In the Prairies, the striking beauty of these fields now is a common sight. As the flowers unfold, pollinate, and eventually fall to the ground, more flowers continue to develop in a seemingly never-ending loop. Generally speaking, the longer this crop flowers, the better the yield. Hot weather, especially above 30 degrees Celsius, is very damaging to these flowers, causing them to “blast”. The flowers will simply dry up and pop off the stem. Consecutive days of weather like that is very damaging to yield. This crop uses a lot of moisture, and rain at this time of the year always puts a smile on farmers’ faces.
There are a few dangers at this time of the year. Weeds are no longer a concern, but disease and insects are. Sclerotinia sclerotiorum is the primary disease of concern (Sclerotinia Stem Rot, or just Sclerotinia). The flowers are littered with spores released from little mushroom-like organisms that live on the soil surface, and as they fall, they land on leaves and stems. The disease moves into the plant and chokes off the flow of nutrients from the root system to the flowers and pods. Fungicides control this disease, which are usually a worthwhile investment in warm, wet summers.
Insects such as grasshoppers, lygus bugs, diamondback moth larvae and Bertha armyworms can induce severe damage to canola during flowering and into podding, chewing on stems, leaves and pods. We determine whether we need to spray for these insects by way of economic thresholds, which are developed by agronomists with government agencies. These economic thresholds are calculated from a number of factors: insect numbers, cost of application, value of the crop and number of predatory insects that will feed on the negative ones. We always try to spray in evenings and early mornings, as bees tend to forage in the heat of the day. Spraying insecticides is not fun, and it is very expensive to do. We avoid it as much as we can, but sometimes we must spray to save our crops from utter destruction.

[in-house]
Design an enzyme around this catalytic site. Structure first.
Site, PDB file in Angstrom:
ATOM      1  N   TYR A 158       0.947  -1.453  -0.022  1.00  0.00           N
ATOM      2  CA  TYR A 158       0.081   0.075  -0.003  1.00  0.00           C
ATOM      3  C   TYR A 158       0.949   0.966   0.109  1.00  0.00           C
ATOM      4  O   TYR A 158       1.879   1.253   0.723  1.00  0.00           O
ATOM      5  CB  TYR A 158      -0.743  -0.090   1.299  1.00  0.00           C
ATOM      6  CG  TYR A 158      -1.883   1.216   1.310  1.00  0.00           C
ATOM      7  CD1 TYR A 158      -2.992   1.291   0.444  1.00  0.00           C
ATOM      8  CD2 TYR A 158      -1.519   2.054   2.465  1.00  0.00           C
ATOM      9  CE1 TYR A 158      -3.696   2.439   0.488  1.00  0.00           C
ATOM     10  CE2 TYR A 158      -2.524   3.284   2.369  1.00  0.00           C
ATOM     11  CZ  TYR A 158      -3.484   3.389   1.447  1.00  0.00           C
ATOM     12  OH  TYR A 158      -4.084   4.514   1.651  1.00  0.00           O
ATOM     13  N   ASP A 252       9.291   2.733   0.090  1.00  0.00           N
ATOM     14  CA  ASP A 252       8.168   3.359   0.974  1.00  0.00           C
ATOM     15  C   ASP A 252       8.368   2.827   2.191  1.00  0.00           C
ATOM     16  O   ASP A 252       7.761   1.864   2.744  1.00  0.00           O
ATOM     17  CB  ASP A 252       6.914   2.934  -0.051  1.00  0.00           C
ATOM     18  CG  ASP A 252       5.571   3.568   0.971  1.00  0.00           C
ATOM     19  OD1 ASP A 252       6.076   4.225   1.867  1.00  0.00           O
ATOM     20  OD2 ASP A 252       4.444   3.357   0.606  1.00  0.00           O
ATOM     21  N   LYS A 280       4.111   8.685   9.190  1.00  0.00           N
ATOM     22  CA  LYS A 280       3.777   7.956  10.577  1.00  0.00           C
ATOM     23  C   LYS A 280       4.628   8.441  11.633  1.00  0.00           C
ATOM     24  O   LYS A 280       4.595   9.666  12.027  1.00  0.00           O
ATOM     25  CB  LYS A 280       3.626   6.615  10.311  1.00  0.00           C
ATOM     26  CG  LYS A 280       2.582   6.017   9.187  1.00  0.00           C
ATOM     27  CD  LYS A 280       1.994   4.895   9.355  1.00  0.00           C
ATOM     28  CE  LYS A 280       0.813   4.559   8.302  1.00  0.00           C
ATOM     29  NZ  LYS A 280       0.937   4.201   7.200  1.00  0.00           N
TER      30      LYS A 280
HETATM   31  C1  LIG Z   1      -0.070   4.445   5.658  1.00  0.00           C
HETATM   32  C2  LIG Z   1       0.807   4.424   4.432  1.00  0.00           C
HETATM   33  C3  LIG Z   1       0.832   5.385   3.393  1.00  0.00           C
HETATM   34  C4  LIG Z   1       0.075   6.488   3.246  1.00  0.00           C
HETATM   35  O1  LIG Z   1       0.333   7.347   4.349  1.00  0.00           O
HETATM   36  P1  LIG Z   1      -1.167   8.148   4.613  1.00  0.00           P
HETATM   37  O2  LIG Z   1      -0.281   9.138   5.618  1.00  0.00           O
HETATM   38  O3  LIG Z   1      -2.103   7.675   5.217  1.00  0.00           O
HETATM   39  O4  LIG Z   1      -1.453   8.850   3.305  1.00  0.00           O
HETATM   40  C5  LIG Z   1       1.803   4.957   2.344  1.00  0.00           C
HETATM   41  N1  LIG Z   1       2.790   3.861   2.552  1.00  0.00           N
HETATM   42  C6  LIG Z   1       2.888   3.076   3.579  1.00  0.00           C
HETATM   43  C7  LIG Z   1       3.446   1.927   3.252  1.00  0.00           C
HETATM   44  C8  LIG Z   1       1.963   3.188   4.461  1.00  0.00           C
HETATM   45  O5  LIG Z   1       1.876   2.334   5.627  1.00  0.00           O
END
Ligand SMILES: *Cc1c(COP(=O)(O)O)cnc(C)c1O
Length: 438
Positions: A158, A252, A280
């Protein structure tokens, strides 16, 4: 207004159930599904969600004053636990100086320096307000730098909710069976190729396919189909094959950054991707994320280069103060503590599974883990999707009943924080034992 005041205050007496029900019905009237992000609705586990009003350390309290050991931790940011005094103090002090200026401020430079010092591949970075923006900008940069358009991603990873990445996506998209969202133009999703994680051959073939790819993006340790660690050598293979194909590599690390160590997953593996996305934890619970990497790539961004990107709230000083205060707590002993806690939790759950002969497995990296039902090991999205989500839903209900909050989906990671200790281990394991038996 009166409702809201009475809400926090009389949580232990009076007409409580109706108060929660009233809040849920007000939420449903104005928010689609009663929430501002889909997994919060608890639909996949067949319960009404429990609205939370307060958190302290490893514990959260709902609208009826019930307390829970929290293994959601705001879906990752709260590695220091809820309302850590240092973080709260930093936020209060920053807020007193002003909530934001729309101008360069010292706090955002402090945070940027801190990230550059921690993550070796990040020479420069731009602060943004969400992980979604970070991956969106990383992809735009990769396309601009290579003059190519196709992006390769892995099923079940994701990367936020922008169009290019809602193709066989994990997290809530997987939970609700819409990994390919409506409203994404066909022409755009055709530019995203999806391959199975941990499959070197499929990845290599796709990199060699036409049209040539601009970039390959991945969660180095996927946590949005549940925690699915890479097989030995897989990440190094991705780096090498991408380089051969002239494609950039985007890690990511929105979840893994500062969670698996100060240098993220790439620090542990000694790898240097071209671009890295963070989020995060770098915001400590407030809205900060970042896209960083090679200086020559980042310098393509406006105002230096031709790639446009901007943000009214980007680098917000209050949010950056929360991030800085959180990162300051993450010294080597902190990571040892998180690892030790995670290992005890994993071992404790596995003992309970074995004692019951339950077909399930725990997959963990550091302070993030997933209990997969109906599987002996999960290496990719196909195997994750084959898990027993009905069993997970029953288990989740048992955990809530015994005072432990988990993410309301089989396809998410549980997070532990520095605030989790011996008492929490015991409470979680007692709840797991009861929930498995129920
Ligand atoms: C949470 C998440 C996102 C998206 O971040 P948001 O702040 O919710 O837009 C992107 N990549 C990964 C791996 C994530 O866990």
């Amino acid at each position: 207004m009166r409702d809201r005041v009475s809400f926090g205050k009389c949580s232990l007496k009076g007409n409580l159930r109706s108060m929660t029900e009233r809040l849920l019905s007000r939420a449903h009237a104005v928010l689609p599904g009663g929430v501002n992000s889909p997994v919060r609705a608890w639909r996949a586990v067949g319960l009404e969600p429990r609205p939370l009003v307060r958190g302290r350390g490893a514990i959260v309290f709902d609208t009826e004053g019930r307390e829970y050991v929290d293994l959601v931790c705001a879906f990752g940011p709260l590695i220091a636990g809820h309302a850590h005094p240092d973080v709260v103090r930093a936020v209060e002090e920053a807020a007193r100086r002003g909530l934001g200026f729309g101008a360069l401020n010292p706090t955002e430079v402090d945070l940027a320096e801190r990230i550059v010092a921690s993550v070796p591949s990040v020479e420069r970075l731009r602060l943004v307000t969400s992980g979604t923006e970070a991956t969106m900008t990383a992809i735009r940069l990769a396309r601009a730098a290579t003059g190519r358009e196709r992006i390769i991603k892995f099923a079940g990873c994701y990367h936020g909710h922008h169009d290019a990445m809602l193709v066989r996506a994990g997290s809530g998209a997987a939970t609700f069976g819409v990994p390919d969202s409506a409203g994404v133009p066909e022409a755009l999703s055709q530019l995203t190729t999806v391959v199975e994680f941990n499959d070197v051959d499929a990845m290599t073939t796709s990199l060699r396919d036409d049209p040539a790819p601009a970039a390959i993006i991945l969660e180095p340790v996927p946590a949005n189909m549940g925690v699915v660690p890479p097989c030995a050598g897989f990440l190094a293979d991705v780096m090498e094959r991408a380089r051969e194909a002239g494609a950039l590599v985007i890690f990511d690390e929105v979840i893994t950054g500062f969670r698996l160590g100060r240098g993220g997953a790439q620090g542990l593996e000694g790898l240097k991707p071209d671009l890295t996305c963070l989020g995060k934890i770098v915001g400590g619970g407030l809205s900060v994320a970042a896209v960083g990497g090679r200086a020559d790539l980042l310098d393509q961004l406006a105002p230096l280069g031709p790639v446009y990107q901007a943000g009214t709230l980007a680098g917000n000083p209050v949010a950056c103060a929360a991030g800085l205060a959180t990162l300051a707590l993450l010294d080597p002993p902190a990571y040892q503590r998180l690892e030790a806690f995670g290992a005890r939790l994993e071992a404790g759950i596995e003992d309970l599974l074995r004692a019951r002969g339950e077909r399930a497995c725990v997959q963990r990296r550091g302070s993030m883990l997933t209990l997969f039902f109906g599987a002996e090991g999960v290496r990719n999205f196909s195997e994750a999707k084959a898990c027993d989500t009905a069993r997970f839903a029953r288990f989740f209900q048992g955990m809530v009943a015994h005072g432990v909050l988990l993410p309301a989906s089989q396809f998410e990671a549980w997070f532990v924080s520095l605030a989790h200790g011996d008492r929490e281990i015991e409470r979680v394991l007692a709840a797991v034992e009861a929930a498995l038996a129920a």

As flowering finishes up, generally after 2-4 weeks, the fields lose their yellow colour and pods are the dominant feature. Each pod contains many little seeds of canola, which slowly mature over a period of 20-30 days after flowering has finished.
Once flowering is completed, the countdown to harvest begins. Our canola is in a variety of stages, with some still yellow and some just like the picture shown (obviously; that is where the picture came from!). Swathing occurs about 20-30 days after flowering ends, with harvesting occuring 10-18 days later. We are excited for this time period to come.
Hopefully this has given you some information of value on our most economically important crop. Canola has been a wonderful experience for us, and it will be a part of our rotation for the foreseeable future. If you want to know more about crop diseases, insects, and other parts of crop production, check out some of my other posts. Now you know where your cooking oil comes from!